New shop brings the art of coffee roasting to Newark


Olivia Brinton held out a bucketful of what appeared to be green pebbles, and poured them into a shiny silver vat.

“Those were raw green coffee beans,” she says.

Brinton, along with Joseph and Elisabeth Lins, runs Little Goat Coffee Roasting Co. On Saturday, the coffee shop opened up its first location on 16 Haines Street.

Brinton had spent time working for a coffee roaster in North Carolina before moving to Delaware and teaming up with university alum Joseph Lins, who was roasting recreationally, to start Little Goat Coffee Roasting, where they take raw green coffee beans and roast them until they turn recognizably brown.

Courtesy of Katherine Nails.
Little Goat roasts their coffee beans until they turn from green to brown.

Before the shop opened its doors, however, Little Goat Coffee Roasting was a staple at farmers markets in the area. There they sold bags of their roasted beans, and customers could opt to buy bags of fresh beans or pick from a variety of already-made coffee and tea drinks.

Newark resident Michele Torrence and her family have seen the progression of the company.

“We’ve been buying coffee from Joe for about a year,” she says. “The coffee is excellent, the roasting is good. We’ve actually learned a lot through Joe.”

It is rare that a coffee shop roasts their own beans, and the learning that comes with this self- roasting is what Brinton believes sets Little Goat apart.

“There’s a level of educating the consumer that’s different from just coming in and getting a mocha,” she says.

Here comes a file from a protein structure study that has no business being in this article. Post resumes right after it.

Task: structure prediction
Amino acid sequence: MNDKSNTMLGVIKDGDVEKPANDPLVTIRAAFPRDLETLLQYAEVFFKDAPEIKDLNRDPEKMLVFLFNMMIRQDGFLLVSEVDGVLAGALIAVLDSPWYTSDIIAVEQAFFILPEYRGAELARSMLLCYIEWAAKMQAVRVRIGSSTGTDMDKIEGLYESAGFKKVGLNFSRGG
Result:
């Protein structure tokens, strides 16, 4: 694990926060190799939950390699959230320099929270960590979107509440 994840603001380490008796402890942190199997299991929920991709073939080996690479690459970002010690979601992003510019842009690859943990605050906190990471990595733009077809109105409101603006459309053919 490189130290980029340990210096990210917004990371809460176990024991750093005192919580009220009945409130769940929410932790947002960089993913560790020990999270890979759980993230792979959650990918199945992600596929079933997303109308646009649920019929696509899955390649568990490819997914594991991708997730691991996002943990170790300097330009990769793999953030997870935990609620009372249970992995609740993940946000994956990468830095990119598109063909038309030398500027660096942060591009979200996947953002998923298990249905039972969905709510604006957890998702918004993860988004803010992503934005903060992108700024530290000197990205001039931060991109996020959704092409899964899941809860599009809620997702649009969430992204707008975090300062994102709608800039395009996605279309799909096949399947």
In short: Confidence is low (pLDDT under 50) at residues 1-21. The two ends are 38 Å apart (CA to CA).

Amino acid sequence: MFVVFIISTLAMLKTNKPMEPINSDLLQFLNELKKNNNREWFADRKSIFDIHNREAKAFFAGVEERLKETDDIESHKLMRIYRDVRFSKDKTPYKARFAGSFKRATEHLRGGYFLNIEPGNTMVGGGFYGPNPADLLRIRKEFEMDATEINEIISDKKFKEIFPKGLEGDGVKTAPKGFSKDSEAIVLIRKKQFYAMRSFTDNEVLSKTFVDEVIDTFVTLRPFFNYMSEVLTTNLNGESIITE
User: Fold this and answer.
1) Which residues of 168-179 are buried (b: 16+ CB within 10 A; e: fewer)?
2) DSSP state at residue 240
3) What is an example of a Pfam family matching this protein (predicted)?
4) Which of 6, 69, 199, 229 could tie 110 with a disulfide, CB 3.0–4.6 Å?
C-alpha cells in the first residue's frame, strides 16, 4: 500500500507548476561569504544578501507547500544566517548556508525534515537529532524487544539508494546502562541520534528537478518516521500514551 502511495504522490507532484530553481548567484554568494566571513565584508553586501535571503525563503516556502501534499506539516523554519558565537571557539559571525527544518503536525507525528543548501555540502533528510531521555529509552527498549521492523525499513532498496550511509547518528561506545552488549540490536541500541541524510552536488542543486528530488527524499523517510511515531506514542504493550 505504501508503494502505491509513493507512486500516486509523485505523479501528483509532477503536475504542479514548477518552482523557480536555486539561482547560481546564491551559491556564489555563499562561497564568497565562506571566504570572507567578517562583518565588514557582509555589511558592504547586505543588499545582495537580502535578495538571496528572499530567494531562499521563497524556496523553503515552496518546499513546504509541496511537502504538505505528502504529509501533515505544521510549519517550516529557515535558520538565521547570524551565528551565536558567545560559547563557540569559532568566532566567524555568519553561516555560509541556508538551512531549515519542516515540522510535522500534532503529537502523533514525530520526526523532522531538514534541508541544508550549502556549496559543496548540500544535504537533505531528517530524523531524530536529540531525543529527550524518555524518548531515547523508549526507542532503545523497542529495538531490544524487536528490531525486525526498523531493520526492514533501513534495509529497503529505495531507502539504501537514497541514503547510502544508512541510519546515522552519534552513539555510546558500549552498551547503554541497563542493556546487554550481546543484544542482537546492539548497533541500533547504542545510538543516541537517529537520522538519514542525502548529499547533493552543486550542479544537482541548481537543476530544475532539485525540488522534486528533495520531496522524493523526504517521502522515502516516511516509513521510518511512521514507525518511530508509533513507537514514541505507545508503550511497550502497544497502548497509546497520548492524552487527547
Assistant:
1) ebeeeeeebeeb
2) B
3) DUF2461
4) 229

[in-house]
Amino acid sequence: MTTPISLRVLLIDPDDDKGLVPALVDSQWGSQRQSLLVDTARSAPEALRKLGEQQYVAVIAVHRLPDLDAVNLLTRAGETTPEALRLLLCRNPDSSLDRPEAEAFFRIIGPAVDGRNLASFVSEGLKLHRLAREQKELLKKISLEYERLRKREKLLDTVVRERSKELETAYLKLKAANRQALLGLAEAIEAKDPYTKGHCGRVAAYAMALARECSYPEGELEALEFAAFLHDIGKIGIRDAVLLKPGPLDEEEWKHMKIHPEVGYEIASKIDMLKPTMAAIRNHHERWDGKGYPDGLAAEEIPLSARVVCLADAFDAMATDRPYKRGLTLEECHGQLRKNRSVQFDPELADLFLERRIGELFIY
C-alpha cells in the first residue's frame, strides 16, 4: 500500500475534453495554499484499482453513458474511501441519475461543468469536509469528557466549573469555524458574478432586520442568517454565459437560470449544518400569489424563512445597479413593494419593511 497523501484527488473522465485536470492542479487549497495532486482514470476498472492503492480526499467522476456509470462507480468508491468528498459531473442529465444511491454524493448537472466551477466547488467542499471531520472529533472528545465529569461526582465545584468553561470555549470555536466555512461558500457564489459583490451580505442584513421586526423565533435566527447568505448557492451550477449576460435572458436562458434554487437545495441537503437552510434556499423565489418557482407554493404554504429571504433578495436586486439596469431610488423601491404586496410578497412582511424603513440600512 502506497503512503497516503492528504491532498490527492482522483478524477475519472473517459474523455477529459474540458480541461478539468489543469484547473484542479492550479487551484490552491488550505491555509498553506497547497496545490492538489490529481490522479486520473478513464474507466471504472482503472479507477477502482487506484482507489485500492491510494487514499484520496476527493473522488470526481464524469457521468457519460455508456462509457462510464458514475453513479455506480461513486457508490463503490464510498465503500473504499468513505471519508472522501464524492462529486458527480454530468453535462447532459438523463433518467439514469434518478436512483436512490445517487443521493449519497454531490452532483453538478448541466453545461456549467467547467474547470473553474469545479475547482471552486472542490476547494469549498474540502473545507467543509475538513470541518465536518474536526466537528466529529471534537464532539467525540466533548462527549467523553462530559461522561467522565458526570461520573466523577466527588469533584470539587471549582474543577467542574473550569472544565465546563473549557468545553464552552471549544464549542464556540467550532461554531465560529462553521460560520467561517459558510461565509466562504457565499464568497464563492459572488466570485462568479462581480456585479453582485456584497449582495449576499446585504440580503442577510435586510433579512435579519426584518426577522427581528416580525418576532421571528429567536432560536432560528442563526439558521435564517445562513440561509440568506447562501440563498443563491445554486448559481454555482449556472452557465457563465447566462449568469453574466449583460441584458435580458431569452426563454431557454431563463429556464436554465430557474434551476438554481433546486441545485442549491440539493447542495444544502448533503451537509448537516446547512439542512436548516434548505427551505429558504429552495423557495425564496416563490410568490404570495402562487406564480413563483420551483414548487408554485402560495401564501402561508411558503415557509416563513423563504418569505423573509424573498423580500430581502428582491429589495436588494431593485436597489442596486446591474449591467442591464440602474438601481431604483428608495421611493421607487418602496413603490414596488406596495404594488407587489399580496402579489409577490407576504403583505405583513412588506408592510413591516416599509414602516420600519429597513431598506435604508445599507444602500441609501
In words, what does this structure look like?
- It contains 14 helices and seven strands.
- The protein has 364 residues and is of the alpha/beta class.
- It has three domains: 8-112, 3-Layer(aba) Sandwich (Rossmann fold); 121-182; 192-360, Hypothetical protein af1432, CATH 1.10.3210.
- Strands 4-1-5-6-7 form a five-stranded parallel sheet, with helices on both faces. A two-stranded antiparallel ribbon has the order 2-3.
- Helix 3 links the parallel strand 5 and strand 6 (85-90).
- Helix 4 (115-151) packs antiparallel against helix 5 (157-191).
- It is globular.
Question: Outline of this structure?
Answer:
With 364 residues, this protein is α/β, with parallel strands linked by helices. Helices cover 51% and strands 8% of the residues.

The name of the store itself is a lesson on how humans first discovered coffee.

“Coffee was discovered by an Ethiopian goat herder who was watching his flock one day, and they were eating these little red cherries,” Brinton says. “After they would eat these little red cherries, they would just jump around with this limitless energy, and the goat herder decided to try those cherries. That was the coffee berry — the seed is what we think of as the coffee bean.”

When a customer enters the shop, a glassless window allows them to see Brinton and Lins at work with the coffee roaster. The owners will walk anybody who is interested through the process of roasting coffee beans.

Courtesy of Katherine Nails.
Customers enjoy the experience at Little Goat.

“I enjoy the artwork of roasting,” Joseph Lins says. “We try to pinpoint the exact wavelength to get ideal notes out of [the coffee].”

According to Lins, it takes about two minutes to roast a pound of coffee if done properly — a process he will perform by request if a customer has very specific tastes, or cannot find their favorite roast amongst what he already has.

In addition to roasting their own beans, Little Goat also works with a micro-lot coffee importer. This importer visits the farms and hand picks the lots from which the coffee comes from to make sure the beans that are used are, what Joseph Lins says, “at minimum fair trade. It ensures a better world for us and a nicer coffee.”


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